Aaron Greenberg, the director of the JCC camps at Medford, and I went to high school together. We were recently reunited when Aaron was participating in an Israel seminar as part of a two year series of seminars for camp directors towards the goal of enriching the Jewish content of Jewish camps. Aaron, who has a Jewish Day school education and has lived in Israel, has already done a lot to teach Judaism, Hebrew and Israel using informal and experiential methods at the JCC camps. However, for one-third of the camp directors participating on this program, this was their first trip to Israel. This trip, gave those directors the opportunity to experience Israel first-hand, as an entity which is central to Jewish identity and culture. As Aaron put it, how can a director of a Jewish camp teach Israel without having been here?
This reminded me of another schoolmate of ours, my friend Eliot of whom I wrote in my column preceding Hanukkah. As I noted, Eliot and I shared many formative experiences including Camp Ramah, Akiba Hebrew Academy and serving on USY’s regional board. Both of us have continued being active Jewish lay leaders with Eliot now the president of his synagogue. However, Israel has not played a central role in Eliot’s Jewish identity as it has mine. In fact, Eliot’s visit during Hanukkah this year was his first trip to Israel in over 25 years, since his Bar Mitzvah. Just as Aaron asked how a director of a Jewish camp can teach Israel without having been here, I wondered how a Jewish lay leader, committed to a Jewish way of life could go 25 years without coming to Israel.
It was wonderful spending time with Eliot and his family. While we see each other on my annual trips to the States, this was the first time since college that we spent more than a few hours together and what is more, our families really had a chance to bond. Eliot and his wife Stephanie showed off their children’s knowledge of Hebrew and Judaism to me over and over again during their visit. Stephanie expressed her joy that she is able to give her children what she did not have growing up. I enjoyed seeing how proud and supportive they are and as I suspected Eric, their twelve year old son, is already planning on coming back to Israel next year as part of his Solomon Schechter Day School’s eighth grade trip and again in high school with Ramah Israel Seminar. His parents confided to me with a sense of pride that they wouldn’t be surprised if he followed in my footsteps and made his home in Israel, if not permanently, at least for a while.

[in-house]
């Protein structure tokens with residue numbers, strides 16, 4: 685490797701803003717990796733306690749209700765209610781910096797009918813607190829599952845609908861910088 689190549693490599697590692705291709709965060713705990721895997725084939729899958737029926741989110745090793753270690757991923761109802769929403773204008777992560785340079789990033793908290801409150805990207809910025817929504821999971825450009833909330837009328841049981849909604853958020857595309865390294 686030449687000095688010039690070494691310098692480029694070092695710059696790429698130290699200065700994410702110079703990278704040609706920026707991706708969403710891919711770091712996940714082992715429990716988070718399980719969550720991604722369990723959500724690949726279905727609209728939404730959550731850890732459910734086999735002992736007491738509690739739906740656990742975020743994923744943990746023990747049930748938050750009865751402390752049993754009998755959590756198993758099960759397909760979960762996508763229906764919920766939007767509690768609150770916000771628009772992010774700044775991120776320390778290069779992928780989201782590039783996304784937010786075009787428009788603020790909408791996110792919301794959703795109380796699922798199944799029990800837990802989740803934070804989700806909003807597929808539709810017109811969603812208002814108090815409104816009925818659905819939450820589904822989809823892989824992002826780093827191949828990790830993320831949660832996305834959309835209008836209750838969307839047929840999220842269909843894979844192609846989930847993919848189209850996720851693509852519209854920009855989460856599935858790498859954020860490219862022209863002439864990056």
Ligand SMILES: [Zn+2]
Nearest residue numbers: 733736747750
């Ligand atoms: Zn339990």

Eliot and I became close in high school partially because both of our fathers had died when we were children. Our mothers worked hard to give us opportunities and as the cliché goes, to have a better life than they did. Eliot has been very successful in his career, but what I saw this visit is that just as our parents tried to give us more than they had, Eliot and Stephanie are also striving to provide their children with a better standard of living. The pride Eliot and Stephanie take in their children’s achievements results from their children’s knowledge surpassing their own. When Eric understood our rabbi’s sermon in Hebrew, Eliot and Stephanie saw the results of their hard work. When Julia, their seven-year-old daughter spoke Hebrew with an Israeli accent, she surpassed her parents abilities as well and they beamed with “naches”.
I, like Eric and Julia, am very lucky to have a family who supports my love of Israel and Judaism and who takes pride in my accomplishments, applauding me on my path as I continue to learn and grow.
This started from my first days at the JCC nursery school and my summers at Camp Hilltop. This year, Aaron has posted Hebrew signs and instituted creative ways to teach holidays and Israel at the same day camps I once attended in Medford. Bringing innovative Jewish educational initiatives enriches an already vibrant Jewish community. However, as I see more and more Jewish professionals and lay leaders coming to Israel to recharge their batteries and to give their children opportunities they did not have, I realize that I do not think it would even be possible to give my children the standard of living I want to provide them with were I to raise them outside of the Jewish homeland.
I used to think that I made a sacrifice by moving to Israel. I still sometimes question my decision knowing that there is no doubt that it would be easier for me to earn a better salary in America. However, for me, especially as it concerns my children, the standard of living in Israel can not compare to life in America. In so many ways, life is so much easier here.